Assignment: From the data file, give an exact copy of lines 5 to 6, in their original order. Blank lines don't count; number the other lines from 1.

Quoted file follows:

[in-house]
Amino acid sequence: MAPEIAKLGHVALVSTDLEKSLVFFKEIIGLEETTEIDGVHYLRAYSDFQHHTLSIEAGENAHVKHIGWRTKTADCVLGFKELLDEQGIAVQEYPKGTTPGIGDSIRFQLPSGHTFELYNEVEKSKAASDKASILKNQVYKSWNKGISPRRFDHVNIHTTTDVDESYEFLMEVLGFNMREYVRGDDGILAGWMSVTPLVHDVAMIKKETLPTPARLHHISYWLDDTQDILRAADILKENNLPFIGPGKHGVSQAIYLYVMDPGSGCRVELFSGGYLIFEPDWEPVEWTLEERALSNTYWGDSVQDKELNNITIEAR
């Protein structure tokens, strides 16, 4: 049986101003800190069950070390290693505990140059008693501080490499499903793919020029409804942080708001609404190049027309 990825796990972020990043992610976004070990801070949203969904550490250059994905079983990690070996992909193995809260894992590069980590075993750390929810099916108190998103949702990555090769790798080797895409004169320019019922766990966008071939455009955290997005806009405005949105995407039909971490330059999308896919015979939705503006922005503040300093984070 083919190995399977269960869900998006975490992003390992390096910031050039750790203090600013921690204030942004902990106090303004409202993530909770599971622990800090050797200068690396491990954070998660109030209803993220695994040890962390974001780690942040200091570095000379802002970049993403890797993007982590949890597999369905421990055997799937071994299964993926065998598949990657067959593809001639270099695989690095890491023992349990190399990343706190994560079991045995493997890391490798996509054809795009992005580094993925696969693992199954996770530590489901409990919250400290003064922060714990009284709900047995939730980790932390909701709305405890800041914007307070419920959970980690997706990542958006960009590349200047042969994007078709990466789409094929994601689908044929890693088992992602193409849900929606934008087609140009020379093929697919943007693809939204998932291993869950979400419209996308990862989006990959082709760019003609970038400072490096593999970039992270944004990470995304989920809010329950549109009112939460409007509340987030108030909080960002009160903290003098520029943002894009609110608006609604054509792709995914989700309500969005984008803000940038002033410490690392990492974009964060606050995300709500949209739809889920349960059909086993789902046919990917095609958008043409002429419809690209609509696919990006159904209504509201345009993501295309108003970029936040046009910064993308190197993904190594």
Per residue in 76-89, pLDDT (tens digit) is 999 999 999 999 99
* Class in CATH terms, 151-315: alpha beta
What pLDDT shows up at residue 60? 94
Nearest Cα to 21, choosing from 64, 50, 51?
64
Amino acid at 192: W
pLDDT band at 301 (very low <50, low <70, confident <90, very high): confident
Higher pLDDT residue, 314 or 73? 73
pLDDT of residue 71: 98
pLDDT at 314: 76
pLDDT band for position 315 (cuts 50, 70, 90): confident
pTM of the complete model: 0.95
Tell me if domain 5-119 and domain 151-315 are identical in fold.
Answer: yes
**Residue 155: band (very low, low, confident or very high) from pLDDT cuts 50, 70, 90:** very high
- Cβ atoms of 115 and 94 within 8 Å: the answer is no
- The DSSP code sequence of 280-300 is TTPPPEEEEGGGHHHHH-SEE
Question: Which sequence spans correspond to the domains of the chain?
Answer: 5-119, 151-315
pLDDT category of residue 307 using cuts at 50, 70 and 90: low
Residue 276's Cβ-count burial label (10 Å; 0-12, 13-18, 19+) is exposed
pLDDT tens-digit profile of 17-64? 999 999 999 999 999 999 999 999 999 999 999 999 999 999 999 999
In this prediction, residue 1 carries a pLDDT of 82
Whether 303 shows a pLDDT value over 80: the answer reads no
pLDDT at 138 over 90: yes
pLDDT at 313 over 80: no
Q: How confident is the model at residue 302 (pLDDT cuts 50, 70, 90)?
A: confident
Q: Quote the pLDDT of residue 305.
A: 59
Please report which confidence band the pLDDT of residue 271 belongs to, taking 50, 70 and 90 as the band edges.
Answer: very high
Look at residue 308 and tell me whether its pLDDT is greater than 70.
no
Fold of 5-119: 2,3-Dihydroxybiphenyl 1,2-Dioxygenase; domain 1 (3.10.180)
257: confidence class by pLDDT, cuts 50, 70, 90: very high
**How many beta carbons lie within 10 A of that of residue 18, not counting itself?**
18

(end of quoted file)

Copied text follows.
* Class in CATH terms, 151-315: alpha beta
What pLDDT shows up at residue 60? 94